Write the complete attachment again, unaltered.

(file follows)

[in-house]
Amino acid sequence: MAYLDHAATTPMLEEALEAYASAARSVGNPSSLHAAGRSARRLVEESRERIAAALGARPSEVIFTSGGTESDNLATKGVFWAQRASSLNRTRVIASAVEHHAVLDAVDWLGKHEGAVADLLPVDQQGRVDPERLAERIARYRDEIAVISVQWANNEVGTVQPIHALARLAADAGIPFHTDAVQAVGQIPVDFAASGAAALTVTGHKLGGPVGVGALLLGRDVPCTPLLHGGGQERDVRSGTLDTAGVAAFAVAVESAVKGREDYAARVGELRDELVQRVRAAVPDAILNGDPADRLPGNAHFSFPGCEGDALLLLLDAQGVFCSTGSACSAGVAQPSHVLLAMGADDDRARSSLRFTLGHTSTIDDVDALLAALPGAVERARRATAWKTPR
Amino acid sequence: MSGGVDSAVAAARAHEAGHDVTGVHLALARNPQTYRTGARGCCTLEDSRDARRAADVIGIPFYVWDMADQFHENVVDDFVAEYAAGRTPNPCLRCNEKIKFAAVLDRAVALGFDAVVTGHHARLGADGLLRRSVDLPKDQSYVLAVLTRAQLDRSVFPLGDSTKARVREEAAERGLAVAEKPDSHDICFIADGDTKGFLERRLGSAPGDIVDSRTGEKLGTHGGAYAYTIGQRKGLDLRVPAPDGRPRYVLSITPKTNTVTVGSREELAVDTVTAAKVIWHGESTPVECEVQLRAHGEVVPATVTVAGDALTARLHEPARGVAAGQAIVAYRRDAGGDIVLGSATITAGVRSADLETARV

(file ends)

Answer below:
[in-house]
Amino acid sequence: MAYLDHAATTPMLEEALEAYASAARSVGNPSSLHAAGRSARRLVEESRERIAAALGARPSEVIFTSGGTESDNLATKGVFWAQRASSLNRTRVIASAVEHHAVLDAVDWLGKHEGAVADLLPVDQQGRVDPERLAERIARYRDEIAVISVQWANNEVGTVQPIHALARLAADAGIPFHTDAVQAVGQIPVDFAASGAAALTVTGHKLGGPVGVGALLLGRDVPCTPLLHGGGQERDVRSGTLDTAGVAAFAVAVESAVKGREDYAARVGELRDELVQRVRAAVPDAILNGDPADRLPGNAHFSFPGCEGDALLLLLDAQGVFCSTGSACSAGVAQPSHVLLAMGADDDRARSSLRFTLGHTSTIDDVDALLAALPGAVERARRATAWKTPR
Amino acid sequence: MSGGVDSAVAAARAHEAGHDVTGVHLALARNPQTYRTGARGCCTLEDSRDARRAADVIGIPFYVWDMADQFHENVVDDFVAEYAAGRTPNPCLRCNEKIKFAAVLDRAVALGFDAVVTGHHARLGADGLLRRSVDLPKDQSYVLAVLTRAQLDRSVFPLGDSTKARVREEAAERGLAVAEKPDSHDICFIADGDTKGFLERRLGSAPGDIVDSRTGEKLGTHGGAYAYTIGQRKGLDLRVPAPDGRPRYVLSITPKTNTVTVGSREELAVDTVTAAKVIWHGESTPVECEVQLRAHGEVVPATVTVAGDALTARLHEPARGVAAGQAIVAYRRDAGGDIVLGSATITAGVRSADLETARV